While little Lady Mary still lay ill in London, the British fleet from the Barbados brought smallpox again to Boston where it spread, even for those times, with unexampled rapidity. Before it subsided, a year later, 5,759 of the 12,000 inhabitants of Boston had been stricken, 844 of whom died, while the surrounding towns and very likely those more distant were in equally bad case. Roxbury, Cambridge and Charlestown were particularly affected, 100 dying in the latter small settlement alone, and so many were ill that by Christmas the selectmen ordered that the sexton do not on any account whatsoever, without an order from them, toll above three bells in one day for the burial of any person, lest it be a discouragement to those that were ill with the smallpox. The prosperity if not the very existence of the Colony was most seriously threatened. Mather fresh from his reading and mindful of the fact that in 1702 several of his children were desperately ill of the disease wasted no time. On the fourteenth of May the selectmen instructed by the freeholders had waited on the Governor with the request that the pest-ridden ship Seahorse be sent down to Governors Island. On the twenty-sixth Mather wrote in his diary, "The practise of conveying smallpox by inoculation has never been used in our nation, but how many lives might be saved by it if it were practised: I will procure a consult of physicians and lay the matter before them." On the sixth of June he issued an address calling the attention of the physicians to the new method embodying in it the two letters from the Transactions previously referred to. He requested them to meet and consult whether inoculation should be tried in the emergency then present. The immediate result of this address was the demand of Douglas for the return of his pamphlets and his refusal to again lend them for use or comparison, but its perusal pleased Dr. Zabdiel Boylston, a practitioner of the town and as he later says in his account of what happened, "I resolved in my own mind to try the experiment, well remembering the destruction the smallpox made in Boston 19 years before and how narrowly I escaped with my life. It may make a strange figure in New England especially when one or two have made the discovery how the practise could produce the plague. As they also say that Mather did not make a fair transcribe of the observations from the Levant, I prayed that they might be read but Dr. Douglas, who owned them, refused to allow this."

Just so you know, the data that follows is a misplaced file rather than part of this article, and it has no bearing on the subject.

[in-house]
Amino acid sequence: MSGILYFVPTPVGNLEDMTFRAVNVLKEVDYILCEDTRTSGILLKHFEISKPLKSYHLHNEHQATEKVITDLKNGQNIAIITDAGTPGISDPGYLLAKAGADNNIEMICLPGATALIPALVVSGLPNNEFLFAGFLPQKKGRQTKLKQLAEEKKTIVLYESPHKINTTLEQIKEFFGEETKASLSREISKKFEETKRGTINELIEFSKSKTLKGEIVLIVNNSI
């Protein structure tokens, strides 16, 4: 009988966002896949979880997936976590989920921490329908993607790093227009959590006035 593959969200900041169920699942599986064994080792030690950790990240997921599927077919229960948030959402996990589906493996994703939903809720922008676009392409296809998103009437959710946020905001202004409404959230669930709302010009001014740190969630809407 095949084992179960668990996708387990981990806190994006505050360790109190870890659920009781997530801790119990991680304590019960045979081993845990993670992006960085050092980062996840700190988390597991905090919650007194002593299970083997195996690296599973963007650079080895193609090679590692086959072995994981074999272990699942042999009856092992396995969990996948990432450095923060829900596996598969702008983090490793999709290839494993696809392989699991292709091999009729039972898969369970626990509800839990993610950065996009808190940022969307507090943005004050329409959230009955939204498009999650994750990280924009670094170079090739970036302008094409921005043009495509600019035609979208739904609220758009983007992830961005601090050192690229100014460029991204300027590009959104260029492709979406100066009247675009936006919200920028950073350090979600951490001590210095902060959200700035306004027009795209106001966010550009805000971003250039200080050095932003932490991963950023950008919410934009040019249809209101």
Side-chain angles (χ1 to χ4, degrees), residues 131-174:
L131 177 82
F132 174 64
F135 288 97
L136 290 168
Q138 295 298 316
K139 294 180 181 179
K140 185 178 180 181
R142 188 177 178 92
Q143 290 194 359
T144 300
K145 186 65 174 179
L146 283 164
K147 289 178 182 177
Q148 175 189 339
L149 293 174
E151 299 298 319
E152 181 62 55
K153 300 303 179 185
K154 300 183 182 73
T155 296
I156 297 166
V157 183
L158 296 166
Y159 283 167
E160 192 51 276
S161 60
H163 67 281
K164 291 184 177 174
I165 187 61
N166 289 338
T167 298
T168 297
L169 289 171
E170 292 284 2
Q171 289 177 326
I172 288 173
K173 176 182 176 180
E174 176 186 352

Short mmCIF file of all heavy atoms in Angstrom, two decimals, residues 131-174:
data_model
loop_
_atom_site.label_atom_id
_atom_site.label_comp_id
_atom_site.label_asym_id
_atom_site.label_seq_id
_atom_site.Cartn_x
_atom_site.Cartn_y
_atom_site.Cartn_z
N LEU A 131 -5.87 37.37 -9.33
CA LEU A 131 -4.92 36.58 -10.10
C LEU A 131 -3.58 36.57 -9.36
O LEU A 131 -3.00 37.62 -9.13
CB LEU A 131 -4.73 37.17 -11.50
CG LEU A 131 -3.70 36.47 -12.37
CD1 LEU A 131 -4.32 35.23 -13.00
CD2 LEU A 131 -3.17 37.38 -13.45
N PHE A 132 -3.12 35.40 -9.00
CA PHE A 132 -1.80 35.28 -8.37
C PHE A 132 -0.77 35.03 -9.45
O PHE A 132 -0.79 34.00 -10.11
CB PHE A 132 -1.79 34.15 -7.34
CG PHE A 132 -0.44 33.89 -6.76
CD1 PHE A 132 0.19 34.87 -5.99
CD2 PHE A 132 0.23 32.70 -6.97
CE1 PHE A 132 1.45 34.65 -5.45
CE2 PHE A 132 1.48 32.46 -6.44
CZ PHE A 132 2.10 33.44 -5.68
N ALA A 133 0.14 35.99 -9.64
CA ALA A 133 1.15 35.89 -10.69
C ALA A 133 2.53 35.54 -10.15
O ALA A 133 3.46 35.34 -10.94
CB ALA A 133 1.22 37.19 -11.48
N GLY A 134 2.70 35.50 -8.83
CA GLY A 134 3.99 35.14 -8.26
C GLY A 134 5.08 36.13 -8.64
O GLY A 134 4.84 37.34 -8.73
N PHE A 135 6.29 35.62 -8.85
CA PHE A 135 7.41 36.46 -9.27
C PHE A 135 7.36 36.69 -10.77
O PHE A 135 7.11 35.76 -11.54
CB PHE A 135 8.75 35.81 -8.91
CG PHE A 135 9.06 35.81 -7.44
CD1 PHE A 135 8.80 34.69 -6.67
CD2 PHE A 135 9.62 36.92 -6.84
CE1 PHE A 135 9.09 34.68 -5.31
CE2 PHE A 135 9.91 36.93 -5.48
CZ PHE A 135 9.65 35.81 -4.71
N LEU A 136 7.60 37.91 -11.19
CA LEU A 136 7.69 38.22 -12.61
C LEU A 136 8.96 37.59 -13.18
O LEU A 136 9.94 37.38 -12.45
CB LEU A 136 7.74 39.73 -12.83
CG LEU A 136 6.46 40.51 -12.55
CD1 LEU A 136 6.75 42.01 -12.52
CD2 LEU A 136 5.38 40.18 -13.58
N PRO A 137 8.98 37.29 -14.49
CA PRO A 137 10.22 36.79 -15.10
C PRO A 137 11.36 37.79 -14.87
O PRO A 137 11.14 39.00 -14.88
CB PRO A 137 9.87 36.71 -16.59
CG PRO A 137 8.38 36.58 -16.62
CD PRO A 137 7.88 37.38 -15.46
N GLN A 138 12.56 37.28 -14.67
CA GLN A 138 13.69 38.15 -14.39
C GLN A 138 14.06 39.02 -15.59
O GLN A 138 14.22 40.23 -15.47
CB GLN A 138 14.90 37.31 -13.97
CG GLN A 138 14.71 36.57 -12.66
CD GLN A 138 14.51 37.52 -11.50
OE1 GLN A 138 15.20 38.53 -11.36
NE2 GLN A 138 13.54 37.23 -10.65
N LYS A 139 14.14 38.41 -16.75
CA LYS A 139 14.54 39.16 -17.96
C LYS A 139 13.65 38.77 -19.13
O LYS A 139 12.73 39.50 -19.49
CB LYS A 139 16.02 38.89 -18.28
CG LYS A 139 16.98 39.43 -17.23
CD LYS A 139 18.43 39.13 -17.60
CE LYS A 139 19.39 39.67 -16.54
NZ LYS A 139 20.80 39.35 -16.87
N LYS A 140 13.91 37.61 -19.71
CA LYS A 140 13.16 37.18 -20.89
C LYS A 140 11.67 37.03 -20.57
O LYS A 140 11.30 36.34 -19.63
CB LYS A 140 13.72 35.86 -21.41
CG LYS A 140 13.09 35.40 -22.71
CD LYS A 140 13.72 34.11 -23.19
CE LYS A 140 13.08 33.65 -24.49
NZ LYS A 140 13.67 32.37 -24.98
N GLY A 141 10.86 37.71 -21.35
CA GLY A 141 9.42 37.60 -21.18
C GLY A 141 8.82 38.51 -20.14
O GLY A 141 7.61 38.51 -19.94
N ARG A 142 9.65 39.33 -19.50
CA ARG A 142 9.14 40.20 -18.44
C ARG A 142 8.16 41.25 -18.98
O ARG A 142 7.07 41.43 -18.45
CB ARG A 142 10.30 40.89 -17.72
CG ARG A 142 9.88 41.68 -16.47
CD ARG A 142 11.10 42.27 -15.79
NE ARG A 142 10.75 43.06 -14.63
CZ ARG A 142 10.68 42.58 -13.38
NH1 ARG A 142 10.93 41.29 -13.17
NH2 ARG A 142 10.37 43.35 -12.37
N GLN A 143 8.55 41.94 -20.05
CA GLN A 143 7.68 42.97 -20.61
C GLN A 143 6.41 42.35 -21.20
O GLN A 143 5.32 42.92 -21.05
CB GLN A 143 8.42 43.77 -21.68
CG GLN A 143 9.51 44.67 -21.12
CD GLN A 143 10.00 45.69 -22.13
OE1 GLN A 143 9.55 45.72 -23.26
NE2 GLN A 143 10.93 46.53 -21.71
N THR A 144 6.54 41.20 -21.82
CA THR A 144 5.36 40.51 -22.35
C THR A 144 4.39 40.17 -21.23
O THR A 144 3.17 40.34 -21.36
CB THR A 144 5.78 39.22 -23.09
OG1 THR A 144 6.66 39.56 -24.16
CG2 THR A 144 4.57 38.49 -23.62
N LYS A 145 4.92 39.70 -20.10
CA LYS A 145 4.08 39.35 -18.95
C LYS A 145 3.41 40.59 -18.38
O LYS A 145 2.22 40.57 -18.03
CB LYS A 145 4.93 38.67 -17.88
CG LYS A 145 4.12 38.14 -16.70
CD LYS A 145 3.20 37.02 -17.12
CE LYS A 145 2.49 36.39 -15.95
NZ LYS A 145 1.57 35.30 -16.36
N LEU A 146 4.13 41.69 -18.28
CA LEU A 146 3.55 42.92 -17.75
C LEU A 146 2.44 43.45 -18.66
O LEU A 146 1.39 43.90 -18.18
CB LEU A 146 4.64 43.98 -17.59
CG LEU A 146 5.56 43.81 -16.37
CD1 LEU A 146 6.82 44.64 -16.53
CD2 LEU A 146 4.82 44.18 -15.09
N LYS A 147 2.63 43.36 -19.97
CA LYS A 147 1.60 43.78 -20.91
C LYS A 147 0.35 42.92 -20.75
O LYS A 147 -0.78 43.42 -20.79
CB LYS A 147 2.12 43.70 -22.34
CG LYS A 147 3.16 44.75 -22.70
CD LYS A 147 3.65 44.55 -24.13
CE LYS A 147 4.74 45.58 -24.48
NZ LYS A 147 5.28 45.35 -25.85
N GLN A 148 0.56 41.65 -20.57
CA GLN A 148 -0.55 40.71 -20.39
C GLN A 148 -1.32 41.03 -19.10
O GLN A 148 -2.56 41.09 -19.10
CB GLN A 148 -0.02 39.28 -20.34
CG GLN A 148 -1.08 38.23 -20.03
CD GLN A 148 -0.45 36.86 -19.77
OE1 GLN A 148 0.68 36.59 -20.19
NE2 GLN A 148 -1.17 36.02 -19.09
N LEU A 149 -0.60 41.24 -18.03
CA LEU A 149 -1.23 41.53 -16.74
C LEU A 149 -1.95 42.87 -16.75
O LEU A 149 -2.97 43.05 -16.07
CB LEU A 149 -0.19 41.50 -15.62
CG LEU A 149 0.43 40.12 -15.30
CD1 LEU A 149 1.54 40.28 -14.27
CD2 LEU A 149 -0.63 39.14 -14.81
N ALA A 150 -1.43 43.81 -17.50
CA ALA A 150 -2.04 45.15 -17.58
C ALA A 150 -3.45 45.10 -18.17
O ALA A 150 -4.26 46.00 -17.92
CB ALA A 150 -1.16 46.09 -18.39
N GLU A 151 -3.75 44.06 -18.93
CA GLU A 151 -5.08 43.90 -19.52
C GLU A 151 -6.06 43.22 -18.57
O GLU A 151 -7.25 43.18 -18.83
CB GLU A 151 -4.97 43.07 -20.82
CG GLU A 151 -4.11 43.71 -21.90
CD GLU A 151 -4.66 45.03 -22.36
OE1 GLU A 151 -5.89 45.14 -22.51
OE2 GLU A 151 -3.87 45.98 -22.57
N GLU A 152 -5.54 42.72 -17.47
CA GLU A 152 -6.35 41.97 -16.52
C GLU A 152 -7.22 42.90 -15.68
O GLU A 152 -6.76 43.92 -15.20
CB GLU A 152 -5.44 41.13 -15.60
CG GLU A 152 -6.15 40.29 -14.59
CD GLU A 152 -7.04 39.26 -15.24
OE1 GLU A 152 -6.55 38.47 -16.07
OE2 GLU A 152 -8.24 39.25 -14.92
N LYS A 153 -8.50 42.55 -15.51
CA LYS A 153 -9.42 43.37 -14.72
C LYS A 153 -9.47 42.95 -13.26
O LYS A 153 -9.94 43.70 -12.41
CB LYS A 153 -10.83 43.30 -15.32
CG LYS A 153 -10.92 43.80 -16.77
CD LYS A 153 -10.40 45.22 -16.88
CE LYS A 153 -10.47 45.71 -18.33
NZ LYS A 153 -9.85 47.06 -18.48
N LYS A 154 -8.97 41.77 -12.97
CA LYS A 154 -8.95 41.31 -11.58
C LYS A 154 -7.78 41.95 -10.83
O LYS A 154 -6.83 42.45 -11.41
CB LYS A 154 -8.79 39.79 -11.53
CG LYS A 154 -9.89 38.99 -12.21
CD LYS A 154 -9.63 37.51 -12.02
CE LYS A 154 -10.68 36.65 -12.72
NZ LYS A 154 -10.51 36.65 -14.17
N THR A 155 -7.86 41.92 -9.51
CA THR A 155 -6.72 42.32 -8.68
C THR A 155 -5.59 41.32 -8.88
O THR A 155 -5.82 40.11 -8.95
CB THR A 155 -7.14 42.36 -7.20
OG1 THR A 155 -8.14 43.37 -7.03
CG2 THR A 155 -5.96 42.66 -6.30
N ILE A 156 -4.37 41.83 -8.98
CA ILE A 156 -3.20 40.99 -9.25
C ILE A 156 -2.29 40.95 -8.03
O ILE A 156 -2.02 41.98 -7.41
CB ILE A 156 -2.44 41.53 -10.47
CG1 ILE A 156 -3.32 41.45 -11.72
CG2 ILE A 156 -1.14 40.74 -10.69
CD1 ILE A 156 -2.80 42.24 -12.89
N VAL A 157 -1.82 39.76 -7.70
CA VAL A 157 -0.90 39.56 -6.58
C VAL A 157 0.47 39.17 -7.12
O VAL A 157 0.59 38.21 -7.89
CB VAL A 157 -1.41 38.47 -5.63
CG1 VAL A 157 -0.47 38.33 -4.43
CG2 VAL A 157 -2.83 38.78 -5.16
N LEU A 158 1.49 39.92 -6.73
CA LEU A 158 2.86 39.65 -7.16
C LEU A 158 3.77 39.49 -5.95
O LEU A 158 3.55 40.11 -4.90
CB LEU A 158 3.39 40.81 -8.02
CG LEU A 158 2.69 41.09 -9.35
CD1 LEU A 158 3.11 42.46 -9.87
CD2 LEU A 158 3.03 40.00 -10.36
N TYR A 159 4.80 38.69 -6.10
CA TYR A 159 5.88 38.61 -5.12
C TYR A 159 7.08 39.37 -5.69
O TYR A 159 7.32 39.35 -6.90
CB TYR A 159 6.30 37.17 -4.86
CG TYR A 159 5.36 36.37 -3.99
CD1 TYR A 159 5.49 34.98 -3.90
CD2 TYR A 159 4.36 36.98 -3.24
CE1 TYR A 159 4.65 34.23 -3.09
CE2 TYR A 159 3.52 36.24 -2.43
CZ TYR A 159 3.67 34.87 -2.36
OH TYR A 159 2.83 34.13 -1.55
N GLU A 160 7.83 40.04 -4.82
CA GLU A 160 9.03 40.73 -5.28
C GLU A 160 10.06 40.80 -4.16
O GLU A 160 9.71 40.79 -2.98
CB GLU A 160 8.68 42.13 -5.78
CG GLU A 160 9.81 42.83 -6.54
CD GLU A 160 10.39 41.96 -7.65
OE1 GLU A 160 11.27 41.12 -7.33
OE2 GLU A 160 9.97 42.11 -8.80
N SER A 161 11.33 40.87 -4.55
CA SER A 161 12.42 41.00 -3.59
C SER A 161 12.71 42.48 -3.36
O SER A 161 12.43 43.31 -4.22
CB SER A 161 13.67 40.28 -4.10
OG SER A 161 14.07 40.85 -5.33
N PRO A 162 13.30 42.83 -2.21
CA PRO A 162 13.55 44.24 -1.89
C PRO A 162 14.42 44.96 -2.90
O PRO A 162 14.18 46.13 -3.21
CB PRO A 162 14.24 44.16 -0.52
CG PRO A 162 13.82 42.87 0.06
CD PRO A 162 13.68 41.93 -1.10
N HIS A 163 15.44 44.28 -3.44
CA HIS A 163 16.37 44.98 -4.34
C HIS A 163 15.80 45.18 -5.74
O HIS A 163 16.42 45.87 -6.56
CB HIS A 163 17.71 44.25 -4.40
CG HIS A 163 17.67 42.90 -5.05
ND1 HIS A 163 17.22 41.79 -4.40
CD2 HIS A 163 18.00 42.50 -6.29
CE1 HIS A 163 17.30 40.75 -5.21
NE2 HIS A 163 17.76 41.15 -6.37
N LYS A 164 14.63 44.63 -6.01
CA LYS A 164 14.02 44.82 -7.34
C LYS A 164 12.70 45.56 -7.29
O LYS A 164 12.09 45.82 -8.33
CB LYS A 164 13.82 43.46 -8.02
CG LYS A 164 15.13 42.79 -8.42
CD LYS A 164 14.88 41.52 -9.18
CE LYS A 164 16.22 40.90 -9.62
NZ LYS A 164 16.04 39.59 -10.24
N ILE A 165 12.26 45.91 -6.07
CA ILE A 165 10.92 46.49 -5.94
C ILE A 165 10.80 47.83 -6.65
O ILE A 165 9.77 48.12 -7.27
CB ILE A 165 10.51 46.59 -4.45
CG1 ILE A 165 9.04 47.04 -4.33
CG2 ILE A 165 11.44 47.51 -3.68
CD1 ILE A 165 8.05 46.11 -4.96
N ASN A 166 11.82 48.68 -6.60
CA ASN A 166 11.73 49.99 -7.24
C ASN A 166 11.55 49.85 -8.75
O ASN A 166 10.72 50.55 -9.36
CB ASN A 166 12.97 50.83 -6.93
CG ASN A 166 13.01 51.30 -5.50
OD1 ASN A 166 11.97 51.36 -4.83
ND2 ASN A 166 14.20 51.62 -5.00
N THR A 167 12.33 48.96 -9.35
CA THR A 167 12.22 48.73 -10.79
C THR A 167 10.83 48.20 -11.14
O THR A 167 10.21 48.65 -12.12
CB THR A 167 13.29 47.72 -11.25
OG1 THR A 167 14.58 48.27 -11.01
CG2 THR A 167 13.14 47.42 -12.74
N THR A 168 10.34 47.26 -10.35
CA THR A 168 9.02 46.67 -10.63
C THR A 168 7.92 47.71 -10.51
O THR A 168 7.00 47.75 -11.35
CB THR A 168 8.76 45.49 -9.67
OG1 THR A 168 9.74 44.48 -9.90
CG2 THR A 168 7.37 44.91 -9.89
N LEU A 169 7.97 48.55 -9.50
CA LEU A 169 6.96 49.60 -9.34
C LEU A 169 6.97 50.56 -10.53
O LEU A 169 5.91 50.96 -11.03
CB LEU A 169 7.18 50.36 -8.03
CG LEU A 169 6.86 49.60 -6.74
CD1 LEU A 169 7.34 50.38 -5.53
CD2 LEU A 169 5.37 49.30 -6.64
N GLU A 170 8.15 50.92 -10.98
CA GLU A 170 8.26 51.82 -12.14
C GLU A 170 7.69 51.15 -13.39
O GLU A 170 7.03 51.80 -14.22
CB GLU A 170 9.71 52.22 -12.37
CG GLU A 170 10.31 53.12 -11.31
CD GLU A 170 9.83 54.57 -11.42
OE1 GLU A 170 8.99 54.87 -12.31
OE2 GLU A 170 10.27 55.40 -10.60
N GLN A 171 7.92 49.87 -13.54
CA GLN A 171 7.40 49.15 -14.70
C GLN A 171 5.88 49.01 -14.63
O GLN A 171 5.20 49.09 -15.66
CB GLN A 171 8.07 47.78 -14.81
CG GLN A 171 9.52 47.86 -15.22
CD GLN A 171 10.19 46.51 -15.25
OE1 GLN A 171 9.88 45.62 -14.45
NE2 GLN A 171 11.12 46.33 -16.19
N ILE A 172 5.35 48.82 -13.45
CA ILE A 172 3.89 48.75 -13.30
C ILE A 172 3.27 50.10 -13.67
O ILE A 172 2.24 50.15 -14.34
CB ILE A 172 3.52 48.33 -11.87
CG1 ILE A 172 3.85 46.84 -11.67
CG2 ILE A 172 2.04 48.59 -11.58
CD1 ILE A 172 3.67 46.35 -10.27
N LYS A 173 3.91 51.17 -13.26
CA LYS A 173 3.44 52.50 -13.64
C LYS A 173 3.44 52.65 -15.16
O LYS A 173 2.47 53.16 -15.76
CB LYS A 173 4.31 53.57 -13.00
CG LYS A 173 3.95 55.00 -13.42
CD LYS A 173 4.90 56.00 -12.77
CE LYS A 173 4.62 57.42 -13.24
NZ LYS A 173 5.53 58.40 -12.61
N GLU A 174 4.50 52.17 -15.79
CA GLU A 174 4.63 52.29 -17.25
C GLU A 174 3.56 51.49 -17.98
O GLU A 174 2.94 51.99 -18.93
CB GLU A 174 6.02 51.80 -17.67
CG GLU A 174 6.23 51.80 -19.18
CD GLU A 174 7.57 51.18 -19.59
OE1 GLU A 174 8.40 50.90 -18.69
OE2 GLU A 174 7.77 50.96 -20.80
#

It is perhaps no wonder that medical men in general paid little attention to Mather's letter. He inextricably mixed piety and medicine in many of his publications, thought disease the result of sin, sickness Flagellum Dei pro peccato Mundi, advised the scattering of wens by the laying on of a dead hand and eulogized the healing virtues of a solution of sowbugs. He believed in witch marks and the application of the water ordeal which, as Oliver Wendell Holmes puts it, means "Throw your grandmother into the water, if she has a mole on her arm. If she swims she is a witch and must be hanged; if she sinks the Lord have mercy on her soul." But Boylston then 42 years of age, a physician of some prominence, impressed as he says by what Mather had communicated probably talked the matter over with him and no doubt personally interviewed the slave Onesimus, who had been inoculated in Africa where he said it was done to everybody and "nobody died any more of the smallpox". In fact, as Mather himself says in the appendix to Variolae Triumphatae, he was informed of the wonderful new practise by this Garamantic servant some years before he was "enriched with the communications of the learned foreigners, whose accounts I found agreed with what I received from my servant, and thus in Africa where the poor creatures died like rotten sheep, a merciful God has taught them an infallible preservation. 'Tis a common practise attended with a constant success.”

On the twenty-fourth of June, Mather wrote to Boylston a personal letter in which among other things he tells him, "If you should think it advisable to be proceeded in, it may save many lives that we set great value upon." Two days later Boylston inoculated his son Thomas, aged 6, and not long afterwards John, aged 13, and seven other persons.